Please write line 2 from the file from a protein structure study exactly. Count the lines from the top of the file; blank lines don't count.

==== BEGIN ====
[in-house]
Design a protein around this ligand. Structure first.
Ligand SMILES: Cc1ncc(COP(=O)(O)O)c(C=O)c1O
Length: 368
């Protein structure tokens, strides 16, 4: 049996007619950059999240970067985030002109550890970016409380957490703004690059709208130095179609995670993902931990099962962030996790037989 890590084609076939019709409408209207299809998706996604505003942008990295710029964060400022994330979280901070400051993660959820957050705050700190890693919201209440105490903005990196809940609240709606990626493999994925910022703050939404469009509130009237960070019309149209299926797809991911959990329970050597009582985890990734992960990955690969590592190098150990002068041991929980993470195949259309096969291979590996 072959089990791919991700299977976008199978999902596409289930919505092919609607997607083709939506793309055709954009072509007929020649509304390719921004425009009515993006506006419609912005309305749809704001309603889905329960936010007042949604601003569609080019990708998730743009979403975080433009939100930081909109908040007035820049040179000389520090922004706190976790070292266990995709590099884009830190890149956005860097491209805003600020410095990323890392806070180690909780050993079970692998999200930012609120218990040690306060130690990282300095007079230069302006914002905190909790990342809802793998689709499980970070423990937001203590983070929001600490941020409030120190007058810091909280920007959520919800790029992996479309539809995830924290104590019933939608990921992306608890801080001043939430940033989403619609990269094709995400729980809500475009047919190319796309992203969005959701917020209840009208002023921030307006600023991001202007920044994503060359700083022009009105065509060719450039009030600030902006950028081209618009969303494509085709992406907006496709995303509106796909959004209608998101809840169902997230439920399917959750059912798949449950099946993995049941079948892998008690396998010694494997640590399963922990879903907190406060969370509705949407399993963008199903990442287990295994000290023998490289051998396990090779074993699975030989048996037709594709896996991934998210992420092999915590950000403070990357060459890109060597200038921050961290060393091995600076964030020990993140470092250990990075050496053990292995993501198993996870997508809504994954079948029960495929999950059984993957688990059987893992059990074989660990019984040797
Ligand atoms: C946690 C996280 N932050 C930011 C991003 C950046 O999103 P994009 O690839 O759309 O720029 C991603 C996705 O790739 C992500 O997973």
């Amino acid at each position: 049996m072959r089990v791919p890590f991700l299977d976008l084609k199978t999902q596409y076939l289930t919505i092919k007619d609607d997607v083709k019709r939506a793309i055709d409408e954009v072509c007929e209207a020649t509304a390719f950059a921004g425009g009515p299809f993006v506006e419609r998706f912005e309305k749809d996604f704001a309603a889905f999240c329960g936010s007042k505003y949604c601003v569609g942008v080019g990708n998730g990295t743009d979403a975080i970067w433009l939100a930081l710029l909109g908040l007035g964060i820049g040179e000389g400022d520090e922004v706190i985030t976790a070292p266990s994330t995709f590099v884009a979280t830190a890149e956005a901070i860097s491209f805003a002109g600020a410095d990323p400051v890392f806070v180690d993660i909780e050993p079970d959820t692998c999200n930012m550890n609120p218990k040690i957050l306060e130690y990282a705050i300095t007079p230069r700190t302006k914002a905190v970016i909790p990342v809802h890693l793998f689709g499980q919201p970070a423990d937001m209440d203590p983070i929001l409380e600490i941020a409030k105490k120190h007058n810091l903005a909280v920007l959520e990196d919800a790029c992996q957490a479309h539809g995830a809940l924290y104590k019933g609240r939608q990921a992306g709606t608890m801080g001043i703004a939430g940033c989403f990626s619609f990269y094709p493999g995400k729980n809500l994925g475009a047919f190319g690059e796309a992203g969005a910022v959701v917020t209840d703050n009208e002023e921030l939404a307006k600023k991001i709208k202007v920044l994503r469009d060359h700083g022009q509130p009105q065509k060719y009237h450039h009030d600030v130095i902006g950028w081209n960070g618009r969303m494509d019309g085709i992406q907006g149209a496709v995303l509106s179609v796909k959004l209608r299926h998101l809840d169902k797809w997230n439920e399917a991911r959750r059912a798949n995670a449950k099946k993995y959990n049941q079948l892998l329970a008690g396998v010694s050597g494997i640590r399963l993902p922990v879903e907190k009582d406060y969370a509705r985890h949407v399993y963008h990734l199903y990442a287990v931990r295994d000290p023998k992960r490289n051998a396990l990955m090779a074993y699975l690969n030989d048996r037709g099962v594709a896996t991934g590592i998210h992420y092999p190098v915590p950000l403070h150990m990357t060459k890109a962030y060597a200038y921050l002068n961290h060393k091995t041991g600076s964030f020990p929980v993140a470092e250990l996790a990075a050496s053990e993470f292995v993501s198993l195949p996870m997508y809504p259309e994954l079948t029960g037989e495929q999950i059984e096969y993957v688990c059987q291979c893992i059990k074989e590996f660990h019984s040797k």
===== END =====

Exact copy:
Design a protein around this ligand. Structure first.